Louise Laruse, Spokane
Louise Laruse, Spokane


Anthropology 7
Native Peoples of North America
Brief Historical Overview

When Columbus landed on a small island in the Bahamas on 12 October 1492 Columbus, the North American continent was (and is) inhabited by a wide variety of indigenous cultures, the likes of which Columbus, and those who followed in his wake, had never imagined. Although Columbus called the people he met "Indios", an appelation that has stuck, they all had names for themselves: they were the Abnaki, the Kwakiutl, the Lakota, the Hualapai, the Yana, and the Ani-Yunwiya (later to be known as the Cherokee), just to name a few. And while most non-native Americans may consider them all "Indians," they are as different from one another as the Anglo-Americans and Russians, the Chinese and the indigenous people of Africa.

On the eve of the European encounter with the native American civilizations there were about 40 million (say scholars say as many as 75 million) people living in the Western Hemisphere. No single way of life characterized all of the Native Americans. Societies varied greatly, ranging from gathering and hunting societies, to small-scale farming societies, to urban based civilizations. Some groups, such as the Mandan, spent their lives in one place, tilling the soil; others, such as the Yokuts of California's San Joaquin Valley, lived part of the time in villages, leaving them only for seasonal activities; and still others, like the Paiute of Nevada, led a nomadic life-style involving a fairly constant pattern of group movement throuhgout the year gathering wild plants &hunting game.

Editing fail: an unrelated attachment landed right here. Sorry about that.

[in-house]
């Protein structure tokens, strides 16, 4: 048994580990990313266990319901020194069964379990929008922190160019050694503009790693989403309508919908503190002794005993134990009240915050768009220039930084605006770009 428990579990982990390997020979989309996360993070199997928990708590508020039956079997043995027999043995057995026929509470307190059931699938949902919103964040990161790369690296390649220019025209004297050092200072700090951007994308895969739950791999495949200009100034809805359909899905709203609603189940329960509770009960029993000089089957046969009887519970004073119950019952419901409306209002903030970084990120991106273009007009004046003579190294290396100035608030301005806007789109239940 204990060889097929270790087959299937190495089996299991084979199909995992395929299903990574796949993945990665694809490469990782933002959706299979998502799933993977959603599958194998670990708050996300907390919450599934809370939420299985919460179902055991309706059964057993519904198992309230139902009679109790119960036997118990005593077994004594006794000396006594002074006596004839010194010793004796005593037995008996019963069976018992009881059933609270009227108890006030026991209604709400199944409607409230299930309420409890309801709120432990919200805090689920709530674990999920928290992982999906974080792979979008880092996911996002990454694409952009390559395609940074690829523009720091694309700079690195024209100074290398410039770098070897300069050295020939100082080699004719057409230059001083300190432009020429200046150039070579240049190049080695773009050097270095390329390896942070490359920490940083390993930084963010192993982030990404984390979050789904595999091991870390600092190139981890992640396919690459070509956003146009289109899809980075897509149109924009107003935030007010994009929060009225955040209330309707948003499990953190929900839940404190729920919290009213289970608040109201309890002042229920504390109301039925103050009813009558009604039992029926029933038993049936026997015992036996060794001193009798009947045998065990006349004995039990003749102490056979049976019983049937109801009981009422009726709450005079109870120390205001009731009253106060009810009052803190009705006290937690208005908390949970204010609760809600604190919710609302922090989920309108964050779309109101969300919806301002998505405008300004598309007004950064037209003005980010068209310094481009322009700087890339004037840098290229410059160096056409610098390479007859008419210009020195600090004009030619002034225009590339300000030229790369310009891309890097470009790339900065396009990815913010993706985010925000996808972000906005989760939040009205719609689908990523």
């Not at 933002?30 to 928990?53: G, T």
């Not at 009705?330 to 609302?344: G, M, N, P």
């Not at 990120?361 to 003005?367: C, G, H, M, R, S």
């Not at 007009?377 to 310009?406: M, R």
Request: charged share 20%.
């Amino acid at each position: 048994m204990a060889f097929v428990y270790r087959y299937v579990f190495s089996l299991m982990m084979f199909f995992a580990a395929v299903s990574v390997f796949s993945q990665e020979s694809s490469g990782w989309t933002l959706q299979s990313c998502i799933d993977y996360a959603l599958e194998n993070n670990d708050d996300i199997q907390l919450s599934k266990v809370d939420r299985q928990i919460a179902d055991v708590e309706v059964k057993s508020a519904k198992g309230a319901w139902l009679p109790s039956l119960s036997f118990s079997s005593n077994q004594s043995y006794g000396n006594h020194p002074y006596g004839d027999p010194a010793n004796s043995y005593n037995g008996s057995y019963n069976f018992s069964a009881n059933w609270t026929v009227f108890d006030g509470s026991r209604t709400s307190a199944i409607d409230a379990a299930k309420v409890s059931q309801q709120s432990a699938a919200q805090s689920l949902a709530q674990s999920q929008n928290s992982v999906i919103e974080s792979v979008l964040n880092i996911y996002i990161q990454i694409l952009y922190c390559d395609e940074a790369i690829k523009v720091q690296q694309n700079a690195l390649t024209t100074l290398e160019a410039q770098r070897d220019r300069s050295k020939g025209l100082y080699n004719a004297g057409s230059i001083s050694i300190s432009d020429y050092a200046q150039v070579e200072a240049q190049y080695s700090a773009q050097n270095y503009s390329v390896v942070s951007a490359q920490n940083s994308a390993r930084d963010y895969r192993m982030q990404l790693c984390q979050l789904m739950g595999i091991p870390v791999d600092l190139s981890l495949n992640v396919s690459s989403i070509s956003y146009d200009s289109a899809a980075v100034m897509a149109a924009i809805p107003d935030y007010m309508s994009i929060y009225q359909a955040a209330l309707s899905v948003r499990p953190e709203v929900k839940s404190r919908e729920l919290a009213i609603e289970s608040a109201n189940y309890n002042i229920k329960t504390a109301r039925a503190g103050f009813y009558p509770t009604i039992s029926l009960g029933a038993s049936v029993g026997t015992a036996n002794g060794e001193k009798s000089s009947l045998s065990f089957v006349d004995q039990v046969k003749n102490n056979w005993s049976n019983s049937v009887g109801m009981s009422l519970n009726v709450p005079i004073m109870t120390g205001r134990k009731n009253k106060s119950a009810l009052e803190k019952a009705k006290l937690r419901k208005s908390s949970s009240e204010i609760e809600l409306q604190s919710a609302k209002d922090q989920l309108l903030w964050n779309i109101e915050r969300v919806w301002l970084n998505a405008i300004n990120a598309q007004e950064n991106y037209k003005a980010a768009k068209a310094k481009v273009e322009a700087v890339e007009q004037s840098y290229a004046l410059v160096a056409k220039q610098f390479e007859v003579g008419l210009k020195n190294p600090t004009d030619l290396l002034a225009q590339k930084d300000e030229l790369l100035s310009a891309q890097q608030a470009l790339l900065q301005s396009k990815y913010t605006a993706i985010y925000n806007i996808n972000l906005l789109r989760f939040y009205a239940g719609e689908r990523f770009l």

The native people had countless languages--perhaps as many as 400 different languages were spoken in what is now the U.S., Canada, and northern Mexico. And in one area, California, at least 90 separate languages were spoken--some as similar as Spanish and Portuguese, others as dissimilar as English and Vietnamese.